Ultrafast scanning probe microscopy combines two cutting edge technologies: the scanning tunneling microscope (STM), which can image details as small as a single atom; and the short pulse laser, which can provide pulses of light that last only a femtosecond--a millionth of a billionth of a second. Coupling these two technologies enables scientists to record a series of time-lapse images that can then be combined to produce a movie of surface dynamics. With this technique, scientists hope to not only record the flow of electrons across the surfaces of semiconductors, but also create movies of other dynamic processes, for instance, plant photosynthesis.
Slowing the pace considerably, LBL scientists have also developed an STM that produces its images at a virtual crawl. By equipping their STM with three legs made out of a special ceramic material that bends slightly when electrified, the scientists have created a microscope that "walks" itself--a few nanometers at a time--to areas of interest on a sample. This first ever walking STM has already been used to image never-before-seen features on a gallium arsenide semiconductor. The LBL scientists also used their walking STM to produce the first images of silicon donor atoms, the electron-rich impurities that give today's computer chips special electrical properties. Whereas in previous imaging efforts, silicon donors appeared as faint shadows, in the LBL image they show up as glowing spheres. The walking STM is expected to open many new doors in materials research by making it possible for scientists in the future to study their samples atom-by-atom. This will be especially noteworthy for the semiconductor industry as it moves towards production of nano-sized electronic devices. At this small a scale, the precise placement of an individual atom in a device is critical since the size of the atom itself can set the limit of the device's performance.
No material has generated more excitement within certain circles of the scientific and industrial communities in recent years than "buckyballs." Buckminsterfullerene (the proper name) is the soccerball shaped 60-atom cluster that has joined diamond and graphite as the third known form of pure carbon. Depending on whether they are pure or doped with other atoms or molecules, buckyballs can be insulators, conductors, semiconductors, or even superconductors. For the enormous potential of buckyballs to ever be fully realized, however, they have to be made in crystalline form so that scientists can fully characterize their properties. LBL scientists have set the pace in this realm of research by successfully synthesizing and characterizing single crystals of both pure and doped buckminsterfullerene (fullerene for short). Prior to this breakthrough, characterizations of buckminsterfullerene properties had been based on granular thin films and pressed powders containing an abundance of fullerene clusters. The LBL crystallization technique has progressed so fast that this past year its creators used it to produce fullerene tubes--cylindrical crystals that are essentially one dimensional. These fullerene tubes have an even broader range of potential applications than buckyballs. For example, they could be used to make the world's strongest wire or fiber. This wire could serve as either an insulator, a conductor or a semiconductor depending on how the tubes were doped.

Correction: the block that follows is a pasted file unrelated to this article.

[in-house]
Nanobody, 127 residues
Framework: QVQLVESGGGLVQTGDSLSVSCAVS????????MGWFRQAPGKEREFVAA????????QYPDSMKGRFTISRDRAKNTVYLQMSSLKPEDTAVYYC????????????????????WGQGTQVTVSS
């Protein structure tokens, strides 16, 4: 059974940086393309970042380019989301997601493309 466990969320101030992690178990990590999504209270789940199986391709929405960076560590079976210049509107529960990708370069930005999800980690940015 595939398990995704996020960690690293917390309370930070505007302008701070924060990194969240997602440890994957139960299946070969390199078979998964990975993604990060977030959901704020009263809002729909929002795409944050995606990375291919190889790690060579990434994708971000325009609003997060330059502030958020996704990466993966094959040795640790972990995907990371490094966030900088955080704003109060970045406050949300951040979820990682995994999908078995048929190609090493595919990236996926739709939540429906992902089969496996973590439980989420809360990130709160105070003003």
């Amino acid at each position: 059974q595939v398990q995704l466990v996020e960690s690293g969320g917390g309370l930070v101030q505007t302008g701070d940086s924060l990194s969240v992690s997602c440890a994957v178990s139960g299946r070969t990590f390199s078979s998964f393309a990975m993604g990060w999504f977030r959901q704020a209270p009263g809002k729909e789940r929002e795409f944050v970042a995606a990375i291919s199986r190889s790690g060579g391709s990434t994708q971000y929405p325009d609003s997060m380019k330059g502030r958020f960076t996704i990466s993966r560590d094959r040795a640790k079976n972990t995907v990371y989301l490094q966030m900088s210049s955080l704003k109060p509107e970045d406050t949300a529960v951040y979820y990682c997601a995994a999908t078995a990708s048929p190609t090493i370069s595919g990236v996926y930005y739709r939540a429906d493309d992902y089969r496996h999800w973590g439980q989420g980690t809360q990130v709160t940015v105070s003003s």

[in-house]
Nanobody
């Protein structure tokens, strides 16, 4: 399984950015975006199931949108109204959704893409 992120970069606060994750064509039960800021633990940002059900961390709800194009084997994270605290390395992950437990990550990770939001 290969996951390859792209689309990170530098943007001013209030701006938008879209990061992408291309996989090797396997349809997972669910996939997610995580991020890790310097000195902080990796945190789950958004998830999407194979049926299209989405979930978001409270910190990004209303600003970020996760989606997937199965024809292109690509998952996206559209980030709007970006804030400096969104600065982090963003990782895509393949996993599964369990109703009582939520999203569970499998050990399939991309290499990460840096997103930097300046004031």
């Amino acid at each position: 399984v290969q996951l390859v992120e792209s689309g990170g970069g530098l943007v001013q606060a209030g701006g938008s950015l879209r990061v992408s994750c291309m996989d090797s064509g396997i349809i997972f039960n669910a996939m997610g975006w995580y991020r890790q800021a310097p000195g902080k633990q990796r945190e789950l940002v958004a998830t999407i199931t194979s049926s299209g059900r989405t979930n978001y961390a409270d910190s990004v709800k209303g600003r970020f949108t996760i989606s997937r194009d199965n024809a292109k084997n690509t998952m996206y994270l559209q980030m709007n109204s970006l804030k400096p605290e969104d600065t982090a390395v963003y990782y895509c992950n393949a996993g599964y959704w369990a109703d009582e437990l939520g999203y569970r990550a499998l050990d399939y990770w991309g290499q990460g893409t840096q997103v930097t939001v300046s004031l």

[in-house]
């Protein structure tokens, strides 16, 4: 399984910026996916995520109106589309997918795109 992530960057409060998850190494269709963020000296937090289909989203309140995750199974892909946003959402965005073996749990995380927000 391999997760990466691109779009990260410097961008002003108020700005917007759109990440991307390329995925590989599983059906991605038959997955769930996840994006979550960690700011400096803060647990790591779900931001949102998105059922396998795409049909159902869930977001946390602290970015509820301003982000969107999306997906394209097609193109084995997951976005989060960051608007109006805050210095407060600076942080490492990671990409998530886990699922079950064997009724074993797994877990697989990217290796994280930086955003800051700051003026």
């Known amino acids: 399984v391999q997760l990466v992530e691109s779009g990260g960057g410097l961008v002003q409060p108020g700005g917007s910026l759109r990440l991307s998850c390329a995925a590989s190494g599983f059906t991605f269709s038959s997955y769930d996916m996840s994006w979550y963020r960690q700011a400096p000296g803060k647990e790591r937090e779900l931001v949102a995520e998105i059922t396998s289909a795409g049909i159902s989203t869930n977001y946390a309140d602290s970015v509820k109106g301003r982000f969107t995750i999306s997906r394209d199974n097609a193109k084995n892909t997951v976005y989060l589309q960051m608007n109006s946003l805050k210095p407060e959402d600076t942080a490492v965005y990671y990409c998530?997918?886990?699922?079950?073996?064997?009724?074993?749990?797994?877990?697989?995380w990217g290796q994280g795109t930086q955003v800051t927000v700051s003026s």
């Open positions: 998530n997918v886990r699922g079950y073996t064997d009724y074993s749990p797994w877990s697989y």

Return to the Table of Contents of the 1994 Regents Report